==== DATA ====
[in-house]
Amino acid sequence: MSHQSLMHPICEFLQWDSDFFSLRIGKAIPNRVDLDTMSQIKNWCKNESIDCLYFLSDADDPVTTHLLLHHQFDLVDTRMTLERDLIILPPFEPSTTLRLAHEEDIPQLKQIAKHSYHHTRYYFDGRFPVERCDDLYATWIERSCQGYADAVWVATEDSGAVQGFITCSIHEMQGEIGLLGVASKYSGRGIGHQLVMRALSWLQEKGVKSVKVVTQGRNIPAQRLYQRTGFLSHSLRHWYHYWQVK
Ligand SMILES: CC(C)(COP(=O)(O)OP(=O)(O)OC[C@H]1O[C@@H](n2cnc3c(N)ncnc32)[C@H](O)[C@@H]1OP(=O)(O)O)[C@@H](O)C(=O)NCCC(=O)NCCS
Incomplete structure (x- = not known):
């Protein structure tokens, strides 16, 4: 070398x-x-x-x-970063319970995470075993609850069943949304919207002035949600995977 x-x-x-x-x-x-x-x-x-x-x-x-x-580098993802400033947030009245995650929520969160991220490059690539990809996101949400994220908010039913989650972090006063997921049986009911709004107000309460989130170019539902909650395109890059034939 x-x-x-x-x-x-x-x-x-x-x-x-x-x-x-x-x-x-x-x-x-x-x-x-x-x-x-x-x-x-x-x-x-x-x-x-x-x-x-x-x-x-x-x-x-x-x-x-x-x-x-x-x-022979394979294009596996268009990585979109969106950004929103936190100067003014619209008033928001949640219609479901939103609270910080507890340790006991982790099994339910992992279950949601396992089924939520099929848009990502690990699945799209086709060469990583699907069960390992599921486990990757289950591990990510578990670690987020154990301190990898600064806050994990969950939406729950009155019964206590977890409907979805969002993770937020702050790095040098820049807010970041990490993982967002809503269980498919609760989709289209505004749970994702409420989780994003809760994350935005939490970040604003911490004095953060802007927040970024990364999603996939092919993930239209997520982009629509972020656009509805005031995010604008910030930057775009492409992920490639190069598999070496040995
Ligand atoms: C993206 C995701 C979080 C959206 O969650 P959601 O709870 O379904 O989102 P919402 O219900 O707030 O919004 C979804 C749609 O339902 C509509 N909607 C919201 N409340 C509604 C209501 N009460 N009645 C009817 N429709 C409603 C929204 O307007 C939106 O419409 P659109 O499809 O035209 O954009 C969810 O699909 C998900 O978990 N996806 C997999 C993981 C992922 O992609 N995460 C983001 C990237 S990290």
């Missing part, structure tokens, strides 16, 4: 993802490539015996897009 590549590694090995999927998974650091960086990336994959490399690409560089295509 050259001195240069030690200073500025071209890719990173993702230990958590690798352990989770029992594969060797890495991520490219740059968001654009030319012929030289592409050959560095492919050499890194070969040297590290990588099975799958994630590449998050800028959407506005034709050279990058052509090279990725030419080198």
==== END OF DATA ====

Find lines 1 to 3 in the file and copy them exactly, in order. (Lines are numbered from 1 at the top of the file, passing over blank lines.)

[in-house]
Amino acid sequence: MSHQSLMHPICEFLQWDSDFFSLRIGKAIPNRVDLDTMSQIKNWCKNESIDCLYFLSDADDPVTTHLLLHHQFDLVDTRMTLERDLIILPPFEPSTTLRLAHEEDIPQLKQIAKHSYHHTRYYFDGRFPVERCDDLYATWIERSCQGYADAVWVATEDSGAVQGFITCSIHEMQGEIGLLGVASKYSGRGIGHQLVMRALSWLQEKGVKSVKVVTQGRNIPAQRLYQRTGFLSHSLRHWYHYWQVK
Ligand SMILES: CC(C)(COP(=O)(O)OP(=O)(O)OC[C@H]1O[C@@H](n2cnc3c(N)ncnc32)[C@H](O)[C@@H]1OP(=O)(O)O)[C@@H](O)C(=O)NCCC(=O)NCCS